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issues before its too late. Also having some kind of counselor just for the

youth to talk about their problems when needed will greatly help them

integrate back into society with less difficulties.

Conclusion

Homelessness at a young age leaves a child with detrimental

psychological and social scars that will prove to provide difficulties for them

later in life. Psychological issues deal with how the child interacts with

themselves. Though for the most part, psychological consequences are

internal issues they can spread to the community surrounding the child and

at that point is when the issues become social issues. The consequences of

homelessness may be short or long lived but regardless of that, it will impact

the child from their childhood throughout their adulthood.

The most common psychological consequences within homeless

children are Depression. PTSD, and behavioral issues. All of these relate to

each other in some way and also branch off into different severities which is

why they are so dangerous. Depression can often be seen linked with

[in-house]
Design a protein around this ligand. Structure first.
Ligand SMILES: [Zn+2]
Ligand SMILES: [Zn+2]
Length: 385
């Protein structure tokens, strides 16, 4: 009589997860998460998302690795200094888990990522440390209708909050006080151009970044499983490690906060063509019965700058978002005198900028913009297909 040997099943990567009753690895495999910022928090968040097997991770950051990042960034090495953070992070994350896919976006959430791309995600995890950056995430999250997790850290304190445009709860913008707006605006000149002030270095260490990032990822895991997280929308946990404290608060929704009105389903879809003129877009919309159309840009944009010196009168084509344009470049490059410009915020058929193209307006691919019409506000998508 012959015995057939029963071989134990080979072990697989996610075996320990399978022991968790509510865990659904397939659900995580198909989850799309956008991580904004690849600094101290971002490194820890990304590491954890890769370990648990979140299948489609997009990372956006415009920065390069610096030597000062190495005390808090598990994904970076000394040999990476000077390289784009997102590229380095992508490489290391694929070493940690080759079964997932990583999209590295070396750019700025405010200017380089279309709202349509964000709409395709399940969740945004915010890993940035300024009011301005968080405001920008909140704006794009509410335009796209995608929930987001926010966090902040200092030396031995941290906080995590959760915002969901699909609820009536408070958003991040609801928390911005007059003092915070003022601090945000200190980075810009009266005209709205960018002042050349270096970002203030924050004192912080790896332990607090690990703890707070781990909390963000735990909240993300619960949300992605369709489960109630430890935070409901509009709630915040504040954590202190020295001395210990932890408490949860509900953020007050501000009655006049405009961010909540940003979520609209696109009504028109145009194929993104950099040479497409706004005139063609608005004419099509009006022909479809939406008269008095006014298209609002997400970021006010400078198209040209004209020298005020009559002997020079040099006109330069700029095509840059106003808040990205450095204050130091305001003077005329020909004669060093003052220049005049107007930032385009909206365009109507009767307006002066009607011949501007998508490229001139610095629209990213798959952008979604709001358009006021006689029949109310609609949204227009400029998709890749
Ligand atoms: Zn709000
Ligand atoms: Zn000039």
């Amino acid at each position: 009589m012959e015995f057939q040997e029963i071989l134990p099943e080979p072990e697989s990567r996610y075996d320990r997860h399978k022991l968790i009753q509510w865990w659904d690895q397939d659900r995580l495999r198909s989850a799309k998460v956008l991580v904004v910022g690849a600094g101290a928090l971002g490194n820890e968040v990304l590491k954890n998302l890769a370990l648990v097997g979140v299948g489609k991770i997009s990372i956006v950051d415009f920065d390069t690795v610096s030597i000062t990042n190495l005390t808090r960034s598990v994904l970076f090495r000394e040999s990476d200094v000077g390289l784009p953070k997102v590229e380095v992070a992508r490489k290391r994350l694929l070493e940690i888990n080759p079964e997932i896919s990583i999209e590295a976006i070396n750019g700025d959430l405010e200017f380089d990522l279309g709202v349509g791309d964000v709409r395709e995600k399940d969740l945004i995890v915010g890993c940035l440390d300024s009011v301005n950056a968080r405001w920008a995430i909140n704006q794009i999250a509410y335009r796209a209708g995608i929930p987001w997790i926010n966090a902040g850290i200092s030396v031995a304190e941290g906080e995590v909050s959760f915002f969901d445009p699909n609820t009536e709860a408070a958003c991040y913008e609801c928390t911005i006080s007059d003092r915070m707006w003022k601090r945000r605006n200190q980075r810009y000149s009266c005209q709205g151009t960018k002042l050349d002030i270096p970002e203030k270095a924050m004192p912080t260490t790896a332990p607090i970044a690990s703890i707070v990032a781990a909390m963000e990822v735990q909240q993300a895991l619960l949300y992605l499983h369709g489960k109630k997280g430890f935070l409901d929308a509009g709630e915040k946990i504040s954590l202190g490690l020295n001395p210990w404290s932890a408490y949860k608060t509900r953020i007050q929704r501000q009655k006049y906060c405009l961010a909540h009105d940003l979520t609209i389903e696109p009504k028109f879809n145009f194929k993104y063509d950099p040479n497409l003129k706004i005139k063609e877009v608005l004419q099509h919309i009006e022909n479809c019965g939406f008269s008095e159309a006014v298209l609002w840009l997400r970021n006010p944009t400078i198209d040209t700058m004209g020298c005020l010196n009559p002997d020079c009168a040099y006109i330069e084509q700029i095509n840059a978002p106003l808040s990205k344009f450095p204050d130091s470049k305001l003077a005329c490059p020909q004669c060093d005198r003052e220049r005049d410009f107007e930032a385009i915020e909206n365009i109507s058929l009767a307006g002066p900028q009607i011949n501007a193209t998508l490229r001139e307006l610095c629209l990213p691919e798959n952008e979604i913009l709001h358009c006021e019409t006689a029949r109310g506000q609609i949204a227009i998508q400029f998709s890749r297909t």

withdrawal, which is a behavioral issue, and can lead to suicidal thoughts or

self-harming. PTSD can be linked with depression and can branch off into

anxieties and phobias. Lastly, behavioral issues can branch off into
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aggression towards oneself but even worse is that it could spread to the

community of the children.

As previously said, these psychological consequences can leak from

the inner being of the child to their surrounding world. Low self-esteem,

social isolation, and trust issues most commonly relate to the social

consequences experienced by homeless youth. Low self-esteem can lead the

child to suffer longer than they need to because they are ashamed to ask for

help, especially when it comes to education. Homeless youth are already

more at risk to having difficulties later in life with employment and education

and low self-esteem just adds to it. Social isolation leads the child to

participate in dangerous behaviors in order to attempt to fit in with the

wrong crowd. Trust issues lead the child to have difficulties forming close

bonds later in life with others; this usually results in constant family breakups

experienced in shelters.

Having a health professional who can diagnose the childs issues and

listen to their problems could make the path of integrating back into society

much easier on the child.